Silence is destructive

When a member of Congress spewed hate speech about another member of Congress, there once was a time when the leadership of the offending members’ caucus would call him or her down hard, informing that lawmaker that such speech is unacceptable.

Not any longer. Oh, no. These days, political leadership — notably on the Republican side of the great divide — remains silent. You hear the proverbial crickets chirping in the House and Senate chambers. Politicians from the opposing party often rise up and rant loudly.

The latest pair of congressional members to square off are Republican Lauren Boebert of Colorado and Democrat Ilhan Omar of Minnesota. Boebert compared Omar’s occasionally harsh rhetoric to the kind of trash that comes out of the mouths of terrorists. Oh, of course Rep. Boebert had to inject “Muslim” into the tirade because, well, Rep. Omar happens to be a faithful Muslim; Omar is a native of Somalia who emigrated to the United States when she was a teenager. Her parents came here looking for a better life. They found it and their daughter became a member of Congress after becoming a naturalized American citizen.

Boebert is part of the QAnon cabal of House members who have latched onto some of hideous notions put forth by that mystery movement.

She appears to hate Ilhan Omar’s faith and in expressing her extreme view that Muslims are inherently sympathetic to terrorist acts, she has engaged in a form of hate speech that in an earlier time never would have been given credence by the silence of her party’s political leadership.

We do have two living former Republican presidents: George W. Bush and Donald J. Trump. Bush has been vocal over many years to demand decency from his caucus. Trump, though, has remained silent.

Indeed, Trump’s followers in the current Congress far outnumber those who are loyal to Bush. Thus, we have the silent treatment greeting the kinds of hate speech that comes from Boebert … and others within the GOP.

We just have to find a way to repair the quality of our discourse and to hold politicians accountable for the garbage that flows too easily from their mouths.

Yes, try the kid as an adult

It boggles my mind at times why officials have to haggle for a long time about whether to try a juvenile as an adult when he allegedly commits the kind of crime that occurred the other day in Oxford, Mich.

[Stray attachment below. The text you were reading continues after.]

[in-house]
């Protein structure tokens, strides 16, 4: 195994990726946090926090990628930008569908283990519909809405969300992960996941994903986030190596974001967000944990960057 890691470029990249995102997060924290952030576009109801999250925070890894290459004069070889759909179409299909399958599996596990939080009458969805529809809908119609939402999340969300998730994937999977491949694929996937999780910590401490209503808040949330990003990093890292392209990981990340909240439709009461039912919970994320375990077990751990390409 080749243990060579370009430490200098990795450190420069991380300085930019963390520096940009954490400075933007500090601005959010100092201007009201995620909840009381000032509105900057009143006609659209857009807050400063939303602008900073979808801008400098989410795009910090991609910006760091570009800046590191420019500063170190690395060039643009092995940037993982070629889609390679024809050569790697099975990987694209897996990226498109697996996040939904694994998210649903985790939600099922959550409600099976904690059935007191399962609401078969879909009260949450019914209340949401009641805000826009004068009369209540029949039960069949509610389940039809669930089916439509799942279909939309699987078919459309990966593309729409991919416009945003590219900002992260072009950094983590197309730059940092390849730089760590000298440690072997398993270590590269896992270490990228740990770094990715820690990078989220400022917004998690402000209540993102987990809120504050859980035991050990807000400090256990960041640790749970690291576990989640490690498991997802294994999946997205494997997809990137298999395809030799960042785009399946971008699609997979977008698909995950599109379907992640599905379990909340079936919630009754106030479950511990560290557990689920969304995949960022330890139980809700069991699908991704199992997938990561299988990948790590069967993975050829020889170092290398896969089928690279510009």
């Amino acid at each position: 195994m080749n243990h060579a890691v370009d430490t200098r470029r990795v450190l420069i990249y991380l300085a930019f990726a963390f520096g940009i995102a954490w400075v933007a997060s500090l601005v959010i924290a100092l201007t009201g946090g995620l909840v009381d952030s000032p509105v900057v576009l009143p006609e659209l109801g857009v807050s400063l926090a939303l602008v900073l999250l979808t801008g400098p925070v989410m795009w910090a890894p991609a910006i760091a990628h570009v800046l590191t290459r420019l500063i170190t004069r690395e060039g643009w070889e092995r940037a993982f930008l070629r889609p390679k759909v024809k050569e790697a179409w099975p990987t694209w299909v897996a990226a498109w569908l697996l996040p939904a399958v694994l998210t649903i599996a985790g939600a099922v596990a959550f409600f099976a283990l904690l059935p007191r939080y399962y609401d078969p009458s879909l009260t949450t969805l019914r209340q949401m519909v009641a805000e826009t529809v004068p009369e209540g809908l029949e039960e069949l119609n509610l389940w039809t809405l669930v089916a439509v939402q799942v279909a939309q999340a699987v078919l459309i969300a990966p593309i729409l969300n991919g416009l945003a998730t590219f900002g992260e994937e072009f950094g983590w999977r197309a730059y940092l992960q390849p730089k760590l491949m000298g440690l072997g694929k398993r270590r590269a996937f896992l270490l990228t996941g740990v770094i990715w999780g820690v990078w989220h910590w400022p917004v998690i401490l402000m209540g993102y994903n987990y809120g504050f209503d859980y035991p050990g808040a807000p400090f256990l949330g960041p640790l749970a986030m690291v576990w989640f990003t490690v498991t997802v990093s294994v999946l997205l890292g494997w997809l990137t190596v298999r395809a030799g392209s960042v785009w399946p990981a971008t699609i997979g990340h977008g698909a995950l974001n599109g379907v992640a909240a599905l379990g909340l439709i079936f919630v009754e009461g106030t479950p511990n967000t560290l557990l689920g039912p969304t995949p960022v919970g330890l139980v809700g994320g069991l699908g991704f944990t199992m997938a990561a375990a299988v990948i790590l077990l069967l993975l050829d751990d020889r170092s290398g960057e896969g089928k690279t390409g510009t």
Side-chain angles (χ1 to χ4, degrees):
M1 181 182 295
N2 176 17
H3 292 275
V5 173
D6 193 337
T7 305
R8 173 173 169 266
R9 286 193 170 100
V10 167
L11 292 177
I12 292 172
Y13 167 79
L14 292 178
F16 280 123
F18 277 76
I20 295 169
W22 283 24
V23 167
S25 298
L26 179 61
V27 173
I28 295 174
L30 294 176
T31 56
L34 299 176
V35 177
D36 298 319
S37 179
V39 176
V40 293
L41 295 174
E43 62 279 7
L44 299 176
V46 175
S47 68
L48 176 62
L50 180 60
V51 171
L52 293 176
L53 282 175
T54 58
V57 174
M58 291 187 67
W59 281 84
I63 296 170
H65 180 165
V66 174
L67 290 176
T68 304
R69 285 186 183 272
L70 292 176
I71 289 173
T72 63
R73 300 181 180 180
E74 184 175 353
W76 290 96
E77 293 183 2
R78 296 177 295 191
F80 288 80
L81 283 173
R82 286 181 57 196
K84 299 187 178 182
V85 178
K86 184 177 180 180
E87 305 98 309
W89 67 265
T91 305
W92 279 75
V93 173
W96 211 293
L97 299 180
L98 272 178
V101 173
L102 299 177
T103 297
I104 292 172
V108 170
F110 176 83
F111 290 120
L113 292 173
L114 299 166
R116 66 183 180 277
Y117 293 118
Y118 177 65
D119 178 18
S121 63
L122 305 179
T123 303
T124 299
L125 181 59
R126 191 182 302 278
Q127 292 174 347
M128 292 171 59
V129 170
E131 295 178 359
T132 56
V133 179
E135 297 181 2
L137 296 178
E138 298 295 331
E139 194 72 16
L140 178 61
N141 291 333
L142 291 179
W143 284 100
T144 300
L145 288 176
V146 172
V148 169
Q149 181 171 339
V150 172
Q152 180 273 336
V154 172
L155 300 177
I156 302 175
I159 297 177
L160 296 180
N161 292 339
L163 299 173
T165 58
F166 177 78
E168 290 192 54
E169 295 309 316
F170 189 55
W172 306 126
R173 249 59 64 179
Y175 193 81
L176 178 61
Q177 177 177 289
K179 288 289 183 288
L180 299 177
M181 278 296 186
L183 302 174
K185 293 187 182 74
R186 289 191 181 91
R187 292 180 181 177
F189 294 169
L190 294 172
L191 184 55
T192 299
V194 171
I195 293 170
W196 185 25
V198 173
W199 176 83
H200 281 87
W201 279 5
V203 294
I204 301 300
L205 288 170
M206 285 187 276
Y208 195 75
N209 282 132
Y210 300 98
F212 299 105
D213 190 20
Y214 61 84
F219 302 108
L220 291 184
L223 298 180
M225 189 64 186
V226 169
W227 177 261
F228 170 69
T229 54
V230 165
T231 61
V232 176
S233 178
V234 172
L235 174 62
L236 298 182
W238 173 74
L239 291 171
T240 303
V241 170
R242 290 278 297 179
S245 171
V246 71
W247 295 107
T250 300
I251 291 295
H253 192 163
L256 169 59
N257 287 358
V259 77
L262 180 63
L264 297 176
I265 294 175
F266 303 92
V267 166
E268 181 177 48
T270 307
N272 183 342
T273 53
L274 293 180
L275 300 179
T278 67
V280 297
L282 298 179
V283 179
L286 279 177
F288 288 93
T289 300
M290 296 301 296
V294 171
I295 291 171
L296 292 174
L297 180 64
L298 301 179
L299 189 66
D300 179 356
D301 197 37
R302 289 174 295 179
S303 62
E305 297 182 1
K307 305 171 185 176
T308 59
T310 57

Four people are dead after a high school student opened fire. The student is in custody. Three of the fatal victims dies on the day of the shooting; the fourth one died just today. Many more victims were injured.

I get that the suspect is a juvenile, but damn, the boy is charged with committing a grievous act of violence on other students.

Authorities are keeping him segregated from the adults in jail. I am OK with that. I also am OK with keeping underage convicts who are tried as adults away from the grownups in the slammer.

However, the penalty for a conviction on the crime that this individual is alleged to have committed should be the maximum provided to adults, not to minors. He is accused of committing a heinous act and if he is convicted, he needs to do the time required under the law … as an adult.

Roe v. Wade in trouble?

My gut is rumbling, my trick knee is throbbing and I don’t like the feel of any of it as I ponder what might occur down the road with the U.S. Supreme Court’s pending decision on whether to restrict abortion.

Justices have heard from both sides in a Mississippi case involving a law that bans abortion after 15 weeks or pregnancy. It’s not as strict as Texas’s ban after six weeks, but is way more restrictive than the Roe vs. Wade decision that is at the heart of all this talk.

Roe is the case involving a Texas woman who filed suit in 1973 over abortion. The SCOTUS then issued its landmark ruling that legalized abortion, saying it is protected under the U.S. Constitution’s right of privacy provision.

Roe is being challenged directly and the chatter today suggests that the high court, with its 6 to 3 conservative majority is poised to limit abortion — if not make it illegal.

Oh, brother. No matter what the court decides, I am going to proclaim that it won’t end abortion. Women will continue to get them by any means necessary, which makes a potential ban on the practice so dangerous.